Holy sweet Jesus, it's been almost a whole month since I teased you guys with pictures of my big project! Sorry it took so long! Anyhow
As much as I would have liked to do a total gut of our kitchen and remove the broken tile, fix the water damage around our window and most importantly, get beautiful white wood cabinets, it's just not in the budget. But I figured for $150 and some effort, I could probably at least make it less repellant. And no matter how hard I failed at this project, it couldn't be worse than that terrible wood laminate, right?
Check it out -
Let me tell you now, this was a huge process and I did a crapton of research before I started. I knew it was going to be a big project, which is why I enlisted the help of my parents. Even with their help and working all day Saturday and all day Sunday together, I still needed some weekday evenings to finish painting. And then we ran into at least 5934280928 road blocks, so what I imagined to be a two week project - tops - ended up being a month-long project with one disaster after another.
I'll do a post later about what I learned and mistakes you should avoid if you decide to take this project on yourself.
But for now, I'm going to walk you through step-by-step the process of painting my laminate cabinets. One more before shot for reference -
But wait, first I want to show you what you're working for. I want to show you a before and after picture of my kitchen (you'll see more in Part Three) that will show you the ginormous difference painting your cabinets will make. No matter what color you choose, you will love your kitchen a million times more when this is all said and done. I promise!
I can tell, now you're ready to get started!! So let's go!
These are the supplies you'll need for Part 1
- Heavy-duty cleaning solution (I used TSP, but any kitchen de-greaser should be fine)
- Plastic gloves (not pictured, sorry!)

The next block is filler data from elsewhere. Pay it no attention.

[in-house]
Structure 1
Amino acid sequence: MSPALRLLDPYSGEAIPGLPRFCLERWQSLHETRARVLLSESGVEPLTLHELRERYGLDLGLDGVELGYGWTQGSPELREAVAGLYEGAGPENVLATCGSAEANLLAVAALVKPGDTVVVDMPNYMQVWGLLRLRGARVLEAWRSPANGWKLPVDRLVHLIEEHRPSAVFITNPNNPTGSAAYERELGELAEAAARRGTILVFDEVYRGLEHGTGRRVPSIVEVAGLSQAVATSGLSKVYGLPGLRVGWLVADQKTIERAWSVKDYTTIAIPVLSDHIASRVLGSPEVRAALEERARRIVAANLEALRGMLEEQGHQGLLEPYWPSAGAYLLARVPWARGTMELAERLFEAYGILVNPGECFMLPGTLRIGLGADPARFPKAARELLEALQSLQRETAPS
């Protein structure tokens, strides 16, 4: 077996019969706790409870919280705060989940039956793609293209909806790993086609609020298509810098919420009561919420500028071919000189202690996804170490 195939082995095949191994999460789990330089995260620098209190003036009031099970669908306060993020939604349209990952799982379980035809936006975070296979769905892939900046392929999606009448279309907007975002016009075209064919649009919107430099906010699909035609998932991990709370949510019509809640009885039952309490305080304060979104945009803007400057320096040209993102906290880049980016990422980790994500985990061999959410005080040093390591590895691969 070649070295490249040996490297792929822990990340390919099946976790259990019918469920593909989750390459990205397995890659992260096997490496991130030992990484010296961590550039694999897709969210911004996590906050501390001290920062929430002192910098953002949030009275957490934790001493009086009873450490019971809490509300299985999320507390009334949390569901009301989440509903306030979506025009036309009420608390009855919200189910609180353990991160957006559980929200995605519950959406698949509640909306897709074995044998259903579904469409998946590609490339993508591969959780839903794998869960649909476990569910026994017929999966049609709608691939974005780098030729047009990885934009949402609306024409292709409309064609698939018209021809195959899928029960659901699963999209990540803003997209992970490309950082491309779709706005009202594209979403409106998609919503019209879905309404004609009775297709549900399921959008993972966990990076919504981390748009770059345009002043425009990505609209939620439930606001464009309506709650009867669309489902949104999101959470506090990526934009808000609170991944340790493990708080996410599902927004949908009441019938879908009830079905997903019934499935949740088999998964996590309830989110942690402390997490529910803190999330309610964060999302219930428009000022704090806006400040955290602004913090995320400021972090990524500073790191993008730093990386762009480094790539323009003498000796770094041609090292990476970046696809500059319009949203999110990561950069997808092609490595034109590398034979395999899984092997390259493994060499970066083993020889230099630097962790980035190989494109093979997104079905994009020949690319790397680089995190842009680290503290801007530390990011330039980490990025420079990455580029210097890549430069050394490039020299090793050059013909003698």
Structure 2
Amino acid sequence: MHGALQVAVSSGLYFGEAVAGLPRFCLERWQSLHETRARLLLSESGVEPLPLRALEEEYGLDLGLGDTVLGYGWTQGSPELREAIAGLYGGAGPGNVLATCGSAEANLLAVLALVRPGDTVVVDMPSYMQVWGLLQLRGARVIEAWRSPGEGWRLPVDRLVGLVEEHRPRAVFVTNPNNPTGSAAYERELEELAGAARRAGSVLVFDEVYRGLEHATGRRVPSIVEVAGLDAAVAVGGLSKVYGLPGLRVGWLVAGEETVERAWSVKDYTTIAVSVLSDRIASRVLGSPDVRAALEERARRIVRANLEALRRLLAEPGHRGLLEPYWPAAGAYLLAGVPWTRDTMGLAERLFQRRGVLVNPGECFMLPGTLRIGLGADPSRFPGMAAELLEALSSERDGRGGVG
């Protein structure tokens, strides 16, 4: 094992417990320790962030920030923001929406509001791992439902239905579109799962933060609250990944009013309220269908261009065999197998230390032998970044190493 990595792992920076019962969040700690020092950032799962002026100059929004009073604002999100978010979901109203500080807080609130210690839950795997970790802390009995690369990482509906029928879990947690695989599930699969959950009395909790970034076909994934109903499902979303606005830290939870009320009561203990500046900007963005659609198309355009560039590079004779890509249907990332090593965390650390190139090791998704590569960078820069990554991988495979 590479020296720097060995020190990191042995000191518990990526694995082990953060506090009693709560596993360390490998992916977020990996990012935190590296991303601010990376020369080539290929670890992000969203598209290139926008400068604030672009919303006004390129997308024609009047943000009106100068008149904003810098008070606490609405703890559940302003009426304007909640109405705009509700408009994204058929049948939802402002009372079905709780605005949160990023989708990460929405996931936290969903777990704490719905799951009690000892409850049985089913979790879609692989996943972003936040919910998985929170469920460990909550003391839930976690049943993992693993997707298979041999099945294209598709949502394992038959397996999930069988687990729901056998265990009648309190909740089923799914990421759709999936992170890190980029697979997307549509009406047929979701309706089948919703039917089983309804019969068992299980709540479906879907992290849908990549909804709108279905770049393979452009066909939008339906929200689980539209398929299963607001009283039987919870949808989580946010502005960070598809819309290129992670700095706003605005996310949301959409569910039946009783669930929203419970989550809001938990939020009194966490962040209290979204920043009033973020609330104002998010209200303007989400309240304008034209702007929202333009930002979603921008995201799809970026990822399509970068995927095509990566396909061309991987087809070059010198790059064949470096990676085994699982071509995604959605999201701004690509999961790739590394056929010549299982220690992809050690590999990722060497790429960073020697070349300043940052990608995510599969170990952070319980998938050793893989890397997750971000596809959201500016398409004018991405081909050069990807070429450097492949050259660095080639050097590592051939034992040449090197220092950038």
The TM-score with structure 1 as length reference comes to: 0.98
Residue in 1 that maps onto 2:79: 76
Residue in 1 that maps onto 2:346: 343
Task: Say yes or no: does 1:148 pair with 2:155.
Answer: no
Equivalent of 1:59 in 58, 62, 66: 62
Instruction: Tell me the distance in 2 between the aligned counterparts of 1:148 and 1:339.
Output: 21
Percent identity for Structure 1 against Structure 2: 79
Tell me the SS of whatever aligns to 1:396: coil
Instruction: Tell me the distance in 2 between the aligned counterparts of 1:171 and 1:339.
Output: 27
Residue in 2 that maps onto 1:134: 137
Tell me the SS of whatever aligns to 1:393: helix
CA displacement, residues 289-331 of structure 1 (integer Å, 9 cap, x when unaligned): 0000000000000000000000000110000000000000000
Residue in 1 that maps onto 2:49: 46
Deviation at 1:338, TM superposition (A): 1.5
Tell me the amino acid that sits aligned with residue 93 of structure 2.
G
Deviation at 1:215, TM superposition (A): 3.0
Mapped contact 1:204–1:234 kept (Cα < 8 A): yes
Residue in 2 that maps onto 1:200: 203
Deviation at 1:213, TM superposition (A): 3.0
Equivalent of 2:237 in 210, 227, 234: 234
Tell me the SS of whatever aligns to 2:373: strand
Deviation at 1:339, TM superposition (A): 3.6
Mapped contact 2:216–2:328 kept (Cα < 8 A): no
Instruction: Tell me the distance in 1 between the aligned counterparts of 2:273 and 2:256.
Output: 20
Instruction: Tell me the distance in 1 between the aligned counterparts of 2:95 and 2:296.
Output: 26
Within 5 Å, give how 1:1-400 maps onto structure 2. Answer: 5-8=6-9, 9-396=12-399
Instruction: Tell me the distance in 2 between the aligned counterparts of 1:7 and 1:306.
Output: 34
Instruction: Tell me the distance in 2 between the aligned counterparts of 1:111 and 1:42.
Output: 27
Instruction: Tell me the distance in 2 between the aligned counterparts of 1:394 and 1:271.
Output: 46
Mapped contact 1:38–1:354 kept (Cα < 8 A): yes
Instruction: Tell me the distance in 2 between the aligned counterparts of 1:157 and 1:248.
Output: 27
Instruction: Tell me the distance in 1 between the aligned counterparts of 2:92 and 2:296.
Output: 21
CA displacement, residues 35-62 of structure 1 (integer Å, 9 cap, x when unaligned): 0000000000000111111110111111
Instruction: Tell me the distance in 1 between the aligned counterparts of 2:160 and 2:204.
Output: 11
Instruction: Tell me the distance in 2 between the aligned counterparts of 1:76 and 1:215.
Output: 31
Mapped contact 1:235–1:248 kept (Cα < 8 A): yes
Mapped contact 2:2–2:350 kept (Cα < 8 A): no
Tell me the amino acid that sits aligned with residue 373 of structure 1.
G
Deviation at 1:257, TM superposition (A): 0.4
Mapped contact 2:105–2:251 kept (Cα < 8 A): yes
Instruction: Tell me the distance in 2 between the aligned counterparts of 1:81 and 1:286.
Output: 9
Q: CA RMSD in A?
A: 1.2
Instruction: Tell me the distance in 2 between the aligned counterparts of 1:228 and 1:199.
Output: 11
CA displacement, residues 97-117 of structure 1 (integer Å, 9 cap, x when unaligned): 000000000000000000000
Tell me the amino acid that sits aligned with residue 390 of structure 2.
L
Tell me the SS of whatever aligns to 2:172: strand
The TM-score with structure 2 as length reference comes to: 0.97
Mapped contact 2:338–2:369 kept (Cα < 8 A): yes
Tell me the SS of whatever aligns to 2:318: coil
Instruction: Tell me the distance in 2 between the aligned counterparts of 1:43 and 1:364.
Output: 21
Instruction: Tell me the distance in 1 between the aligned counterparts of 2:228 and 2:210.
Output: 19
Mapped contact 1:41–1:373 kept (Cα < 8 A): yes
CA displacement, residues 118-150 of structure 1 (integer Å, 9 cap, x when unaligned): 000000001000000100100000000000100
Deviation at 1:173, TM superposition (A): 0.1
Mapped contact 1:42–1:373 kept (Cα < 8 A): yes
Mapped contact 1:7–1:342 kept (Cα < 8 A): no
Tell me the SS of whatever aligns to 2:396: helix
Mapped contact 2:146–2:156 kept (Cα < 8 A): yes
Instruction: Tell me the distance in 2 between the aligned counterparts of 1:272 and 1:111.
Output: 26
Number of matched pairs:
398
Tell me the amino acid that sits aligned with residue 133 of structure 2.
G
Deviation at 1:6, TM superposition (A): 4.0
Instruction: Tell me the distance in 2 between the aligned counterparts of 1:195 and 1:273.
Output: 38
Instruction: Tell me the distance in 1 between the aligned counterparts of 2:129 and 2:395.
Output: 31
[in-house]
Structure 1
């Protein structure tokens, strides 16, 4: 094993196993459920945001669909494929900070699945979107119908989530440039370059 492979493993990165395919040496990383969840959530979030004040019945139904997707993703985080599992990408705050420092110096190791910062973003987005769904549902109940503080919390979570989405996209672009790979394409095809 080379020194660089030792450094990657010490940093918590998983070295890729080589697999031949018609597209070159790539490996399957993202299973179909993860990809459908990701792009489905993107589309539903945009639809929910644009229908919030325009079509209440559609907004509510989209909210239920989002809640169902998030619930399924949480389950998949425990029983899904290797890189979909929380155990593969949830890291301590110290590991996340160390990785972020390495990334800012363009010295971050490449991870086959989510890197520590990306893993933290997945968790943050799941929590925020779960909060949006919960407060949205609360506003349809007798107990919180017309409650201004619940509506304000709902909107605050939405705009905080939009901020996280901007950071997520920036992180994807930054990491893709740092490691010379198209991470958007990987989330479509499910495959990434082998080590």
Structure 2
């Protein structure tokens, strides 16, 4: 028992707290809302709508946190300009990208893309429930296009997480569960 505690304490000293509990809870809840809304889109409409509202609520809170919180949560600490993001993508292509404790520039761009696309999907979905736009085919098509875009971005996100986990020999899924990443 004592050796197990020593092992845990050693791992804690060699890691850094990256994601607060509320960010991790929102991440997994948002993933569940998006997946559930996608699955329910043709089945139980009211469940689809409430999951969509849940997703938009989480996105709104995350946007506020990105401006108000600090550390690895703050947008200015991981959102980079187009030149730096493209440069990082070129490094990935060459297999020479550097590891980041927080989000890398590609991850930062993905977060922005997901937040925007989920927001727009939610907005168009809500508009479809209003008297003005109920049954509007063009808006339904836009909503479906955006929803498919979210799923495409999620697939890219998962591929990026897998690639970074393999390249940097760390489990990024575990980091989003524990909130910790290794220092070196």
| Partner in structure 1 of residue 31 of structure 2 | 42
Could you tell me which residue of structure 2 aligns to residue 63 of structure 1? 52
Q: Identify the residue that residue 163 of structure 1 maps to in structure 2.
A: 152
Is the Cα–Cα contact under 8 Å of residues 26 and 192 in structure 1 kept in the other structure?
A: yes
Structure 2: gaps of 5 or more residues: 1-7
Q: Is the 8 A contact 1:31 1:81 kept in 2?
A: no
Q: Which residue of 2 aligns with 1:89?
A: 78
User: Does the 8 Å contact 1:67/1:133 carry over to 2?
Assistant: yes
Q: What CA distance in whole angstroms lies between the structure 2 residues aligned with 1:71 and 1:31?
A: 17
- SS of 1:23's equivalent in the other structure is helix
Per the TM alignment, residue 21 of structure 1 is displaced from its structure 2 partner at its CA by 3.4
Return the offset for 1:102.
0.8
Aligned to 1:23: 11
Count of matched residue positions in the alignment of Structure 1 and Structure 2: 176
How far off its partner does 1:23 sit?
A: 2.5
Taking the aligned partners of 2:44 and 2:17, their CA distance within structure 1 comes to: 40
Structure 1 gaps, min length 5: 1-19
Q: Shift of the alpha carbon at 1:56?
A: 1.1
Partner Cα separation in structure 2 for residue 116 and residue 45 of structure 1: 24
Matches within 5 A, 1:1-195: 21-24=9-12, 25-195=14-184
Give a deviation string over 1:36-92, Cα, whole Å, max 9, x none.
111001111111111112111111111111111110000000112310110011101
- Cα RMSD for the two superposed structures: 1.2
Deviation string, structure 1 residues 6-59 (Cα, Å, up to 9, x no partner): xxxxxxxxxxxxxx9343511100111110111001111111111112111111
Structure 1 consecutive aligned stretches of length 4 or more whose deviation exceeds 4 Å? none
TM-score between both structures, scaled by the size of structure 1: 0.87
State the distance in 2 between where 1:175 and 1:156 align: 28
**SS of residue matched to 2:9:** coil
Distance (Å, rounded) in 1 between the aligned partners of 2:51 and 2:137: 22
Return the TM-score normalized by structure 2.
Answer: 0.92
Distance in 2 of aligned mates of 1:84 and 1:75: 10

- Rags and/or paper towels
- Screwdriver or screw gun
While you are removing the doors, make yourself a little diagram or label the cabinets and doors so that you can easily put things back together. Make sure to note which side of the door is up!
I was able to label each door in the spot where the hinge would eventually go. For the drawers, we were able to separate the facing from the actual drawer and just put our number on the back side where it wouldn't show when it got reattached.
If you're using new hardware and it doesn't match the holes that are already in your cabinets, you'll have to figure out a different way. Leave me a note in the comments if you have a different way and I'll post it up here!
Once the doors and hardware are removed, clean and scrub your heart out. Every single surface you're painting needs to be clean to help the paint and primer adhere. If you're worried about the stuff inside the cabinets, remove it or cover it. I ended up only removing stuff from the drawers and covering the rest with garbage bags. I'm pretty sure they sell plastic sheeting for this type of thing, but I was lazy and cheap and the Wal-Mart trash bags ended up working out just fine.
Since these are kitchen cabinets, prepare yourself to scrape off some nasty junk from the edges of anything near your stove. I wish I would have taken a picture to show you the quarter-inch of filth I scraped from the bottom edge of one cabinet door that was right above the stove.
When you've cleaned the front, back, and sides of the doors as well as the frame - don't forget the undersides! - it's time to sand. Follow me to Part Two!
Or if you'd rather do it this way, here's the whole series: